Opinion: Server virtualization opens door to smart planning

IT pros are virtualizing to address server sprawl and keep the energy wolves at bay

Years ago, I was actively involved with the Computer Measurement Group, an organization of IT professionals dedicated to the proposition that you can't manage what you can't measure. CMG was started when mainframes roamed the IT world and minding your p's and c's -- performance and capacity metrics -- equated directly to holding the line on capital and operational budgets.

Then came open systems. CMG membership peaked in the mid-1990s but has trended increasingly downward as applications have migrated away from the frame. IT professionals who were passionate about performance, who could do the math, were no longer appreciated. Heck, open systems was the land of cheap hardware. Performance? Shmoremance. If it runs slow, throw in more boxes.

Well CMGers, capacity planners and performance gurus, your day may dawn once again. Why? Two words: server virtualization.

There is some hard statistical data now surfacing that tells us basically what we already suspect -- that IT pros are virtualizing in order to make a U-turn on server sprawl and keep the energy wolves at bay. Therefore, the practice of just throwing hardware at problems will from this time forward be seen as counterproductive.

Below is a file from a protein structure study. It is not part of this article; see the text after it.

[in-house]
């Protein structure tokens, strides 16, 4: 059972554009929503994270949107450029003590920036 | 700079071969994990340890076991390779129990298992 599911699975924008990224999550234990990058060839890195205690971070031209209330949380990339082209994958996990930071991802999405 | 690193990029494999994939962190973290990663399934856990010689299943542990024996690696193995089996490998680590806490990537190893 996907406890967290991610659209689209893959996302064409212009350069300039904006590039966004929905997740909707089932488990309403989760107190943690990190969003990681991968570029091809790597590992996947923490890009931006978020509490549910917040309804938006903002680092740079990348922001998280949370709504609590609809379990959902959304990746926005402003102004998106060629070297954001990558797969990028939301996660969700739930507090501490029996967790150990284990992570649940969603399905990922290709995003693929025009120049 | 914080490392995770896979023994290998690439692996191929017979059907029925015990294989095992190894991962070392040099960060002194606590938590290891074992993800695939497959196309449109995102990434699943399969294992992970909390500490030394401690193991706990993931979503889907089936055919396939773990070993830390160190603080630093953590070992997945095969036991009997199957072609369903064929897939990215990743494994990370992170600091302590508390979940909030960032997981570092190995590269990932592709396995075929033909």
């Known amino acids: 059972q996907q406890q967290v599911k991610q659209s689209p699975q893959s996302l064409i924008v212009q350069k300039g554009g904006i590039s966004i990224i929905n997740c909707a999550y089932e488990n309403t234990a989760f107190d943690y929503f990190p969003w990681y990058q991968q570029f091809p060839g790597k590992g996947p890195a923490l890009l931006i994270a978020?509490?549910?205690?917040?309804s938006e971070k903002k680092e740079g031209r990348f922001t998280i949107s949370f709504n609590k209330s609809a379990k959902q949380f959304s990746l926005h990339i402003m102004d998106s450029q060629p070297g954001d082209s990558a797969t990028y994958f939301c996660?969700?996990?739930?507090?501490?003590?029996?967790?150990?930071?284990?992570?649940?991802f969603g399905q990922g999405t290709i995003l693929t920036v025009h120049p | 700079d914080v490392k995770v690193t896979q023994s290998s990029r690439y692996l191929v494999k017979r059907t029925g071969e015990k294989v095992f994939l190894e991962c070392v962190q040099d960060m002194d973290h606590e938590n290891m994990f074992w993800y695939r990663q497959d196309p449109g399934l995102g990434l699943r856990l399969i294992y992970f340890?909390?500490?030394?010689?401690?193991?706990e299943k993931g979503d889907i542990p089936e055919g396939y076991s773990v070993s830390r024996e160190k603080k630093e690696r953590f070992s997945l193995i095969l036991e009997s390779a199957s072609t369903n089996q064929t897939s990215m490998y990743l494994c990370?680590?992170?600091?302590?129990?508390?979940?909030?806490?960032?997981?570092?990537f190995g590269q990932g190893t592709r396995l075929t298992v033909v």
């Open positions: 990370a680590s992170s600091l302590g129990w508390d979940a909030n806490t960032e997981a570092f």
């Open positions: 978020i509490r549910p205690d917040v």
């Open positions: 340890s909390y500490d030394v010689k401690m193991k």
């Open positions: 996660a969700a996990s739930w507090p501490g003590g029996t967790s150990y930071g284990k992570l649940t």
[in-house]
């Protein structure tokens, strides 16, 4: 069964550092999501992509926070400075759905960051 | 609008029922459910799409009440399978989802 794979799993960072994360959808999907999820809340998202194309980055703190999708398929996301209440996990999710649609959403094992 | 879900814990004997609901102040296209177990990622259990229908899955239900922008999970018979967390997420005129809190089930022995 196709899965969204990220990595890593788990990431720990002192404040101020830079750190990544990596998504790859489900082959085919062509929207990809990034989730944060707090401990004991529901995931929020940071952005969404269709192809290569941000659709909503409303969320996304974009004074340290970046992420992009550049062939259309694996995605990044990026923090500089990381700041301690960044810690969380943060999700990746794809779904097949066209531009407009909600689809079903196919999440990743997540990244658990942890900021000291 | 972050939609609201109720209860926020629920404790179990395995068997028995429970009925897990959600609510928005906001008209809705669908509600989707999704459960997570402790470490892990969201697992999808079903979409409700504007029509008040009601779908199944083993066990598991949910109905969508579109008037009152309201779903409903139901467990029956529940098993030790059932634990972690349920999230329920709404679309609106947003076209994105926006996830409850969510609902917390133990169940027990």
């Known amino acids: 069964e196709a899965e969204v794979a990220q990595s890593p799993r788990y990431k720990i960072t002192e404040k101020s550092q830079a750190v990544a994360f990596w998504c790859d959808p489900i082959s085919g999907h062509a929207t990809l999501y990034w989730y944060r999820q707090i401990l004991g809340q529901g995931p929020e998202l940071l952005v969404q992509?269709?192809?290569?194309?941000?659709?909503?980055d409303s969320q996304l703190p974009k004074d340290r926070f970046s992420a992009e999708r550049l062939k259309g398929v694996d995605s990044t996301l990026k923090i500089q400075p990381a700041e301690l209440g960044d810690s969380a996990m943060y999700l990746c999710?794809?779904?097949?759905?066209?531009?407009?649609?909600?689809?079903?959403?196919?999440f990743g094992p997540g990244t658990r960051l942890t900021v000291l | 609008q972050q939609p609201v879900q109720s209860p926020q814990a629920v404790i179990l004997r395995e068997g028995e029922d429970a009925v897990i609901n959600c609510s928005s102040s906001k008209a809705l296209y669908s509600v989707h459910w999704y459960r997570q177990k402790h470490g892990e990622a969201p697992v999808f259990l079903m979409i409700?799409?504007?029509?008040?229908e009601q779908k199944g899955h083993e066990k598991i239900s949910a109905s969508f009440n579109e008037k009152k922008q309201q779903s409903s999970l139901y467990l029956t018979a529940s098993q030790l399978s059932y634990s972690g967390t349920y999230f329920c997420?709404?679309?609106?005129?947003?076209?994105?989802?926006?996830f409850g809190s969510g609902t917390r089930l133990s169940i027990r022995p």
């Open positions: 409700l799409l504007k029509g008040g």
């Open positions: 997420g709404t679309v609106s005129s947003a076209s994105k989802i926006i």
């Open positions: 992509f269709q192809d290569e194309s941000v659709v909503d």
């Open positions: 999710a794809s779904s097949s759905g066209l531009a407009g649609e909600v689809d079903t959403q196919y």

I predict? Well, I hope. I hope that IT pros are at least once again forced to prove that throwing more hardware at a problem will in fact make the problem go away. And I hope that in order to do that, they'll need hard data to back them up. And I hope that to get the hard data, they'll need the expertise of IT pros dedicated to the proposition that you can't manage a virtual server environment that you can't measure. Read a good book on queuing theory lately?

John Webster is the principal IT adviser for research firm Illuminata Inc. He is also the author of numerous articles and white papers on a wide range of topics and is the co-author of the book Inescapable Data: Harnessing the Power of Convergence (IBM Press, 2005). Webster can be reached at jwebster@illuminata.com.

Copyright © 2008 IDG Communications, Inc.

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